The term “metamour” has never really sat with me. While ‘amour’ makes me swoon, the ‘meta’ part (Greek for ‘after’ or ‘beyond’) leaves me feeling lifeless. It could be my science background: meta-analyses are often complex and frustrating to complete, or there isn’t enough information provided in the initial studies to undergo this statistical method. See, you’re asleep already. And ‘beyond love’? What does that mean, anyhow?
These special human beings that my loved ones adore. I want them to feel welcome, loved, and a sense of belonging. They are part of my family, afterall. Sort of.
I mean, I don’t always love them with the same enthusiasm or depth or commitment level that my partners do. In fact, sometimes I find it quite challenging to have them around. There are times I’d like alone time with my partners. Sometimes I’m working through my stuff, jealousy, fear, feeling inadequate. And sometimes those not-so-nice feelings are triggered by metamours. I don’t always have the energy to be ‘on’ and make sure they are taken care of when in fact I’d rather be nourishing myself.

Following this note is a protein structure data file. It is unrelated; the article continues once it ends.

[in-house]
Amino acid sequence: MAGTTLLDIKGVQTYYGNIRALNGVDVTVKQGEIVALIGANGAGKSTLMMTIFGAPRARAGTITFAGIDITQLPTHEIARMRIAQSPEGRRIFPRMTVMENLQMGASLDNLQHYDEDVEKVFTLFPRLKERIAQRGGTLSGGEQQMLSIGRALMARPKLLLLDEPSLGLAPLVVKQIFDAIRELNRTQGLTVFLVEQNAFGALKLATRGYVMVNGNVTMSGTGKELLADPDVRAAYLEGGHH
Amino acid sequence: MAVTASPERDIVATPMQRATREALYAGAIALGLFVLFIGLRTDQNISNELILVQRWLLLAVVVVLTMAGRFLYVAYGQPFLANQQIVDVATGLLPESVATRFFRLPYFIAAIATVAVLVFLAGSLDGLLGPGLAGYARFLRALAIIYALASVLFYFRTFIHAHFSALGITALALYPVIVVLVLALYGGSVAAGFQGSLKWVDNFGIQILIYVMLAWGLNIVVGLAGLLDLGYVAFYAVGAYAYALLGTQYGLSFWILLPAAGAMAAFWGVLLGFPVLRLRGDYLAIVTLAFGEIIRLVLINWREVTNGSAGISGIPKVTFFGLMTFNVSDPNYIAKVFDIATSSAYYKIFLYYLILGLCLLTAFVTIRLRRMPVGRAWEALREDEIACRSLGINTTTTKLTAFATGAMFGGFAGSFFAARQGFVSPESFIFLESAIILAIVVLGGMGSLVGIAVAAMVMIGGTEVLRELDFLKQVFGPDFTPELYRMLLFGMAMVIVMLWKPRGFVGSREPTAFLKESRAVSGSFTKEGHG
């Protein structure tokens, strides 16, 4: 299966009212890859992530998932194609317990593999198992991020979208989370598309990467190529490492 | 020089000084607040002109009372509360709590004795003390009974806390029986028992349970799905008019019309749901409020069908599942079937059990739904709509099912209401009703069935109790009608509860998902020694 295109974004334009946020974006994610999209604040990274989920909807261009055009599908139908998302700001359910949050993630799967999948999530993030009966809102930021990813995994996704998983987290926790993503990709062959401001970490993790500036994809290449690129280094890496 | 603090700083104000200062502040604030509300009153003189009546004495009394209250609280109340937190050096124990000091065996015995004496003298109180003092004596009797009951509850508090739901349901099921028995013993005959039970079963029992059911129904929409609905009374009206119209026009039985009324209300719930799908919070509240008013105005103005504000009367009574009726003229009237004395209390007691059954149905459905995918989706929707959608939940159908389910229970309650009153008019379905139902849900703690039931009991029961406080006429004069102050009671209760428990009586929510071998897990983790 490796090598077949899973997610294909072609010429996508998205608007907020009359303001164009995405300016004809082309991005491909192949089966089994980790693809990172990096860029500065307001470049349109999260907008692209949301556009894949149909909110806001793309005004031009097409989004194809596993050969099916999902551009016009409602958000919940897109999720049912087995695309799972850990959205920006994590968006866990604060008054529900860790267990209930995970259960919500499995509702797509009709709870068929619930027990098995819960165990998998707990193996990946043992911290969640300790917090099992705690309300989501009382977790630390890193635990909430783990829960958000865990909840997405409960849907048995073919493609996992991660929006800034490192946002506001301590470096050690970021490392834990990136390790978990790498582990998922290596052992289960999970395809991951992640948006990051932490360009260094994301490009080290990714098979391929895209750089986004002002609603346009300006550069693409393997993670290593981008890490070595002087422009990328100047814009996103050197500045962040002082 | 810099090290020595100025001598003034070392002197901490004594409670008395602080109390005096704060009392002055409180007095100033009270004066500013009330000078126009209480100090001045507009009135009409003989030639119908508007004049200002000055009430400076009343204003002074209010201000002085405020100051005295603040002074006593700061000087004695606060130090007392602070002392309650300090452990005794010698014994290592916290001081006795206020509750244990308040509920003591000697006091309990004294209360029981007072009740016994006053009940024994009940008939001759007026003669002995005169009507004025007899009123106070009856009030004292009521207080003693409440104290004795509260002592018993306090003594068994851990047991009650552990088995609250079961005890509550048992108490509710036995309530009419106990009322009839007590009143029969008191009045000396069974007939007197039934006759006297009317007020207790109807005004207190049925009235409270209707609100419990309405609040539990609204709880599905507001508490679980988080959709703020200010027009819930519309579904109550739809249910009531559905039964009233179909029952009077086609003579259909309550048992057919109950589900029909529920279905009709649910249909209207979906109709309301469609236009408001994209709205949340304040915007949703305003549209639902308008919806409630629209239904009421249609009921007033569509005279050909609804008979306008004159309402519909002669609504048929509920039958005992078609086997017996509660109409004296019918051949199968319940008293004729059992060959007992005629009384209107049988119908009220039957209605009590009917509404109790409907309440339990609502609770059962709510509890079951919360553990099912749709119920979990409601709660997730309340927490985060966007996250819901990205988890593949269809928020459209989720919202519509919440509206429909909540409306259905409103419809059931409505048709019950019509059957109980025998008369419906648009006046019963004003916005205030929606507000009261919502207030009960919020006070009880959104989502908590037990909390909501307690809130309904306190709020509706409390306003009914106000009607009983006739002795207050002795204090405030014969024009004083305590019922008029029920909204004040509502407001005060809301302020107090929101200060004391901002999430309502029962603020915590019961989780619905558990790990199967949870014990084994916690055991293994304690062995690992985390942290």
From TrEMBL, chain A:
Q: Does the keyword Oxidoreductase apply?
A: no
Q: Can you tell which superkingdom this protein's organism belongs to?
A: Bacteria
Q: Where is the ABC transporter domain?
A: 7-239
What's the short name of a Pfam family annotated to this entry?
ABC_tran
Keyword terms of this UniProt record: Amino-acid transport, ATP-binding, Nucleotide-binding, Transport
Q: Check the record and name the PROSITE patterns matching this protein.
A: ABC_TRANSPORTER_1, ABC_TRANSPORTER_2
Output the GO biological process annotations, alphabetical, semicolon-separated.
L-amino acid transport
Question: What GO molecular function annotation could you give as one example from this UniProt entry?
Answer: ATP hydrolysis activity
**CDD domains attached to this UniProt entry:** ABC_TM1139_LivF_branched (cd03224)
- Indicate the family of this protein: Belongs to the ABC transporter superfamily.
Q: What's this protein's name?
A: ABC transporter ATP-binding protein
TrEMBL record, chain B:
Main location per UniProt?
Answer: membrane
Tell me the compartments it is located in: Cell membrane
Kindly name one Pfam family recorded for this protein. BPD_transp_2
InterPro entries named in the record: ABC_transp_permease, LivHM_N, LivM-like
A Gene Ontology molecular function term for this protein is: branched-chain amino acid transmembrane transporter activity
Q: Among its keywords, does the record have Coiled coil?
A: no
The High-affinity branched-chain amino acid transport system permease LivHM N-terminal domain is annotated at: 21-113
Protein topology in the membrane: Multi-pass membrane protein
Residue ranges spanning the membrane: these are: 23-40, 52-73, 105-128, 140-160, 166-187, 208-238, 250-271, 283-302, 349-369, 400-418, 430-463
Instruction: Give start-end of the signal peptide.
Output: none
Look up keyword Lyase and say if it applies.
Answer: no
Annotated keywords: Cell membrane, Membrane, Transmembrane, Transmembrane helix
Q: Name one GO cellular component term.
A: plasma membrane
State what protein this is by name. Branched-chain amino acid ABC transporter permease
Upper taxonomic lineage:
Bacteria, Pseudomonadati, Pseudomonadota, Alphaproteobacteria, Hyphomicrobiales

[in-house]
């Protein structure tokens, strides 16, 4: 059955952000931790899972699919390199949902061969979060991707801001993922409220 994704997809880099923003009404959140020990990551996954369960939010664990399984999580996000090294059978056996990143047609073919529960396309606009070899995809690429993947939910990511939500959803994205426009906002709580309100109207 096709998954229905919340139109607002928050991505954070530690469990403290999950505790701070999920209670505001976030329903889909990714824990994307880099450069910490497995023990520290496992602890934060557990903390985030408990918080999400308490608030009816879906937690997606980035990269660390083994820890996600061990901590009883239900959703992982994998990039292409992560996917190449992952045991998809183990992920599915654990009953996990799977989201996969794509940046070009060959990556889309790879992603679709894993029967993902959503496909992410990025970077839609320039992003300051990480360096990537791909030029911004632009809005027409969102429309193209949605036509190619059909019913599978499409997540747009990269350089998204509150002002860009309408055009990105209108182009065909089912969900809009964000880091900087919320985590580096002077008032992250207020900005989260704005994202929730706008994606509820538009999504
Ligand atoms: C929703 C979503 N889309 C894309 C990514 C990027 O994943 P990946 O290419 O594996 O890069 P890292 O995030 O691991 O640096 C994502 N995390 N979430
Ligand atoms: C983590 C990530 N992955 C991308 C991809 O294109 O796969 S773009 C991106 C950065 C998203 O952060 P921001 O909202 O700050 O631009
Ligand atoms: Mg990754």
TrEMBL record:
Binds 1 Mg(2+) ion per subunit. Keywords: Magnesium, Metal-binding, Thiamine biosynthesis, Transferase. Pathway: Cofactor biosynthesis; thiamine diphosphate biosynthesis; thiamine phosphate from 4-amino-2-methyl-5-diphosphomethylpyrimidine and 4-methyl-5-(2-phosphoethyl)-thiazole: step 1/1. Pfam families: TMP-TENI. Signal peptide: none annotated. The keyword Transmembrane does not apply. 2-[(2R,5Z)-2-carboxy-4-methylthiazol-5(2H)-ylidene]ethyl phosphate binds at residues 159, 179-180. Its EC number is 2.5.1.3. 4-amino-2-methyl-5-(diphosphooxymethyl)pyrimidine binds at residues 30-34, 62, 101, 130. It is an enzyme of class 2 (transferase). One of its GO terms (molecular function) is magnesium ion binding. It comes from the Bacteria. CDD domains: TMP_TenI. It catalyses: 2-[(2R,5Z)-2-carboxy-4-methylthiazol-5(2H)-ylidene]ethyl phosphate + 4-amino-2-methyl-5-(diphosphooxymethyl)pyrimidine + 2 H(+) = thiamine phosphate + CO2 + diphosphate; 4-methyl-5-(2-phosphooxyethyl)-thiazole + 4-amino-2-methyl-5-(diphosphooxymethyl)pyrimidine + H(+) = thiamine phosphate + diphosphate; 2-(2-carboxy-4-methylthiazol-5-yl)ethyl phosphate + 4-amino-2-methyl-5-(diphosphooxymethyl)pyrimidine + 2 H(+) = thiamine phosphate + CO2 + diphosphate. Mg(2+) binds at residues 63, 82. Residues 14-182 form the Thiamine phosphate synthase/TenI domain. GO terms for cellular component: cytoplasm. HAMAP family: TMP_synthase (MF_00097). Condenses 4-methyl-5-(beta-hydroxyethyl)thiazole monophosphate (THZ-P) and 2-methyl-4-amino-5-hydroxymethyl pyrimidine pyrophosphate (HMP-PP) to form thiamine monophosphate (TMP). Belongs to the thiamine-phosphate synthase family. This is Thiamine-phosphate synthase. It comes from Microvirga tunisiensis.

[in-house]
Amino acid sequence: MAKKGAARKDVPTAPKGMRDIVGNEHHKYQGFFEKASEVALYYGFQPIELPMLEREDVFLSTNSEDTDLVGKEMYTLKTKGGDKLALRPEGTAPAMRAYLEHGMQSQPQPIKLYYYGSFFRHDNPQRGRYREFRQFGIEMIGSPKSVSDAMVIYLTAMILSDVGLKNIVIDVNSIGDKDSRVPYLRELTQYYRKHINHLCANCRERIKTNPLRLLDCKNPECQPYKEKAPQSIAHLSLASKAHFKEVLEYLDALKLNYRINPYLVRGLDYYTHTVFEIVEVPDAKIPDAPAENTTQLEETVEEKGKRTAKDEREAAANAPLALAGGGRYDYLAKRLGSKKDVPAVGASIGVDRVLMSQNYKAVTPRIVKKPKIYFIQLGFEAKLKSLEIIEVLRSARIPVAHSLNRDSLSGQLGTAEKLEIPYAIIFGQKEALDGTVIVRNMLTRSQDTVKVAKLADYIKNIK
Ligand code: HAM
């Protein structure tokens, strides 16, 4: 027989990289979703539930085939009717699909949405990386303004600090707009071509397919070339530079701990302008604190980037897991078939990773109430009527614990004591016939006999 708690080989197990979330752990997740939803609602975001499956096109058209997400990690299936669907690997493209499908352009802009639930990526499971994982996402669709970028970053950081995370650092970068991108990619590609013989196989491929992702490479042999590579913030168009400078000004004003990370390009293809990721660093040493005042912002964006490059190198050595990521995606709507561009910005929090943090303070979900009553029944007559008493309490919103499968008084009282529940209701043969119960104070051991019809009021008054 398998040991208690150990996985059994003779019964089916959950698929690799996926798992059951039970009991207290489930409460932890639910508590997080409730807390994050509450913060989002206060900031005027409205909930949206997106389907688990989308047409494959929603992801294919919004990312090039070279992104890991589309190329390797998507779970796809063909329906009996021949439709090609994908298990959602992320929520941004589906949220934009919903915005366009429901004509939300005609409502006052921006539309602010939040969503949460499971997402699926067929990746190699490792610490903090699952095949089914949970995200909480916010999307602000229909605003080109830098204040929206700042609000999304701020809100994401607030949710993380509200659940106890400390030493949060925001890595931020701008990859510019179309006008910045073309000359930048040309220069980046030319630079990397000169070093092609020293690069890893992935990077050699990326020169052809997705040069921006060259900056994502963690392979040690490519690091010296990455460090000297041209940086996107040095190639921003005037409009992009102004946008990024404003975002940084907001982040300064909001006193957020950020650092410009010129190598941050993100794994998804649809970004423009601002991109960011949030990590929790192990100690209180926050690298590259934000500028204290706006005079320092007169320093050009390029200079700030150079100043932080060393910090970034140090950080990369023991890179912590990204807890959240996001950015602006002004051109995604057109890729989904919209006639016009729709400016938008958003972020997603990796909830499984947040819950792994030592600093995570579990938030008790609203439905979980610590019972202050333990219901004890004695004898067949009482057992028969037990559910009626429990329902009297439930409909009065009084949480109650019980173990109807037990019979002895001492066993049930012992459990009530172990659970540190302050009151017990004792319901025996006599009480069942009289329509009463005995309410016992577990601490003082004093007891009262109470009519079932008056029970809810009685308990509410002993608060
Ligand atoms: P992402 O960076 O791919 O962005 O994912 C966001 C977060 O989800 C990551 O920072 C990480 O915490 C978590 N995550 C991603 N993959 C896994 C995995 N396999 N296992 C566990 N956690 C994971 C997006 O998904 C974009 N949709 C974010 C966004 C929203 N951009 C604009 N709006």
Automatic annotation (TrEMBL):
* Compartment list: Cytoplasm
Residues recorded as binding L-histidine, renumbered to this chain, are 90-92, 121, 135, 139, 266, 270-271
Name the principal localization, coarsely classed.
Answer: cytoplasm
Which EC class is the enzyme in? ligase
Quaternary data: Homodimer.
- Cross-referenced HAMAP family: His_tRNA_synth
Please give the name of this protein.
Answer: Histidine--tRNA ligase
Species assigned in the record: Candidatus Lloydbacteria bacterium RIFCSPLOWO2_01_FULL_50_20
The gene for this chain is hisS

On the other hand, I am so grateful for these beings who provide so much joy to my partners. The beings who love to cook, or make crafts, or dance, or play music, or be intimate, in ways I can’t or don’t desire to, because we are all special and unique. These beings who bring out a more grounded version of my partners, more romantic version, more thoughtful version.
And of course they are the brightest mirrors who every day reflect back to me where I am on this spiritual path of loving without limits. What demons am I working with today? How full is my self-love reservoir? Are my communication skills as good as they could be? What can I do to make myself a better person today? Am I taking good care of myself, of my partner? There is no one who can present this so clearly to me as a metamour.
And yet, even though they are family, they are more like family by association than family by choice. They are more like my in-laws, the sisters and parents who visit at Christmas. The ones from whom I get to learn about what has shaped how my partners show up in the world – how they communicate, tease, laugh, argue, suffer.
It’s fun to watch how my partners take on little idiosyncrasies from new lovers, like a facial expression or a new phrase. It’s a delight to experience what they bring home to our kitchens and our beds. There will never be a time when we achieve stasis, because we will spend our lives learning and growing and evolving within this constellation of lovers.
Meet the in-loves. These are my metamours, my lovers’ lovers. They belong to my family on my partners’ side. I love them and am grateful for the gifts they bring, whether bliss or heartache. Ultimately it’s all just love.
Photo credit – Plieades / Seven Sisters